Tonight I switched on the Christmas tree lights for the last time this season (pictured at right). Tomorrow, I’ll take the tree down, and keep my mother’s tradition. Like always.
When I was growing up, we put up our tree sometime close to Christmas, though the exact day varied. However, it always came down on January 6, Epiphany. My mother always did it while we were at school because, she said, no kid should have to see the end of the Christmas magic.
So, I’d come home from school on January 6 and the house would be back to normal—no tree, all the decorations put away for another year. It was kind of sad, but also kind of nice—the house was clear again. And, it also meant the countdown to my birthday was under way.
Now, a logical question is, what did my mother do on the years when January 6 fell on a weekend? The truth is, I have no idea: Maybe she took it down the Friday before or the Monday after, but I simply don’t remember. Maybe that’s just as well—certainly my mother would have preferred it that way.
This was actually the first year in several that we put the tree up. We bought a corner cupboard for the corner where the tree always was, and it was only this year that I chose a new spot. As far as I know, the only time I ever included a photo of the tree in its former position is way back in 2009; we got the new cabinet in 2012, so certainly from then on we didn’t put it up, but maybe it was even earlier—I don’t remember, and I don’t have any photos to tell me either way.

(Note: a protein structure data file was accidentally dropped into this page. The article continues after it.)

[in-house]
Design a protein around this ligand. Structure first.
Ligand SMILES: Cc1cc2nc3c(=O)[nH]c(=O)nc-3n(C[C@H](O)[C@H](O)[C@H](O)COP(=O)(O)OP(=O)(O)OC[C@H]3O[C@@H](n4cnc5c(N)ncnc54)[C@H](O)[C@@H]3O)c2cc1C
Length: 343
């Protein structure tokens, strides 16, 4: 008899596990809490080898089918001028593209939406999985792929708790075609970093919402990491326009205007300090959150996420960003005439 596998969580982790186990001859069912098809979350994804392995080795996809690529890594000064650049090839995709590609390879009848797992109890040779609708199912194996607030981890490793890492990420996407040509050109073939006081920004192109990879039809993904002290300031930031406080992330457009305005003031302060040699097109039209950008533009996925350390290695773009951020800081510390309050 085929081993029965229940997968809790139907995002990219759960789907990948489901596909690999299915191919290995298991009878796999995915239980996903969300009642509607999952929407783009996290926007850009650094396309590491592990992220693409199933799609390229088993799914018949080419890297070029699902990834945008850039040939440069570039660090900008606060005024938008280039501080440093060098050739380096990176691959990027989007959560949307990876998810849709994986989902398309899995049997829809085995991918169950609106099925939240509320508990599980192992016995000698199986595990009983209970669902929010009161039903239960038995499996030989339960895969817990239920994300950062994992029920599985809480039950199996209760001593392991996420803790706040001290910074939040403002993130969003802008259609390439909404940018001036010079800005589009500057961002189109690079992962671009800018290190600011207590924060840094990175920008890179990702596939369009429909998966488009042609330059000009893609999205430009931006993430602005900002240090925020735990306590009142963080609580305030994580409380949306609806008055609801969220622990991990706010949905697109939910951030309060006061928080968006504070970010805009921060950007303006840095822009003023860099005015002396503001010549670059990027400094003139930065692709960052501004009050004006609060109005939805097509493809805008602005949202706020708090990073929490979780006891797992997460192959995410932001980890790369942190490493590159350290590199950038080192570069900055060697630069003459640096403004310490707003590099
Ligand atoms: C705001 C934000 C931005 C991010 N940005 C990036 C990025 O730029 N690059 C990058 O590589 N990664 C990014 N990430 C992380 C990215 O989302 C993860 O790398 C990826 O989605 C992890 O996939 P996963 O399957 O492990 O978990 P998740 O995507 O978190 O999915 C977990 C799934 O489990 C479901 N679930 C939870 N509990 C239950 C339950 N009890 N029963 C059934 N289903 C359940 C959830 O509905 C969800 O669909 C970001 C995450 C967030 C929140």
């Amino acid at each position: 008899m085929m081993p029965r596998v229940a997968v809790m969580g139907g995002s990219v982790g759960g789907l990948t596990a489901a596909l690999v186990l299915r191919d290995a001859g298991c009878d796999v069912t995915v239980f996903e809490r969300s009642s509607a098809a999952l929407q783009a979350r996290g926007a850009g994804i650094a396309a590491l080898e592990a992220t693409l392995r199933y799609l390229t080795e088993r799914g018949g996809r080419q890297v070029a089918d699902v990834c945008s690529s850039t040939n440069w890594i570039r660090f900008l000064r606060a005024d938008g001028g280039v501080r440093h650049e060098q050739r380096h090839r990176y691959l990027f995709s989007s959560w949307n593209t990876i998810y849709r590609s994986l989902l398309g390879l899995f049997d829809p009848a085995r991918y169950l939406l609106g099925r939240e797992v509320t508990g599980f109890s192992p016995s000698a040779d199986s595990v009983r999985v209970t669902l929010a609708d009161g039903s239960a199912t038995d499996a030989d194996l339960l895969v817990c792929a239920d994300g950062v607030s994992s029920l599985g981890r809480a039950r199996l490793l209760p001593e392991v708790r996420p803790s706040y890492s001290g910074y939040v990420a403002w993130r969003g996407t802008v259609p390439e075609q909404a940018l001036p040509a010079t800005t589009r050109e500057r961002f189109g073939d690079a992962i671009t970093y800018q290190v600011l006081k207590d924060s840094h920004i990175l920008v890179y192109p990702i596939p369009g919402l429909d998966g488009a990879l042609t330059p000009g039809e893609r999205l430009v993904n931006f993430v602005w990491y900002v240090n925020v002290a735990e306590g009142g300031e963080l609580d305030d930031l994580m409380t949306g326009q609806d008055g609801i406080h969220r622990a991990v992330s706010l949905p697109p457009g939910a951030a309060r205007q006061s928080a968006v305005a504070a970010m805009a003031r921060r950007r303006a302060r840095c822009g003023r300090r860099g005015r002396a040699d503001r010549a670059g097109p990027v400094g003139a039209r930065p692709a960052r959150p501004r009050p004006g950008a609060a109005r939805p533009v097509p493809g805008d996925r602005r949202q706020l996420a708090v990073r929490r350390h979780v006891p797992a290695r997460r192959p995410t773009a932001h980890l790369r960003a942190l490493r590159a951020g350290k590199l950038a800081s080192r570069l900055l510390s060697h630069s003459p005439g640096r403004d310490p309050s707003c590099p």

Since we have such a simple tree—basically a gold garland dress on a metal pole—putting it up is easy. We run lights up the middle so it glows out; in past years, we just put the lights at the base, but I think I like this better.
I don’t know if we’ll put the tree up again next year, but at least we have a spot tha
t we know works. But tomorrow, this season’s Christmas decorations, such as they are, will be put away, just like my mother always did, except I’ll be the one ending the magic.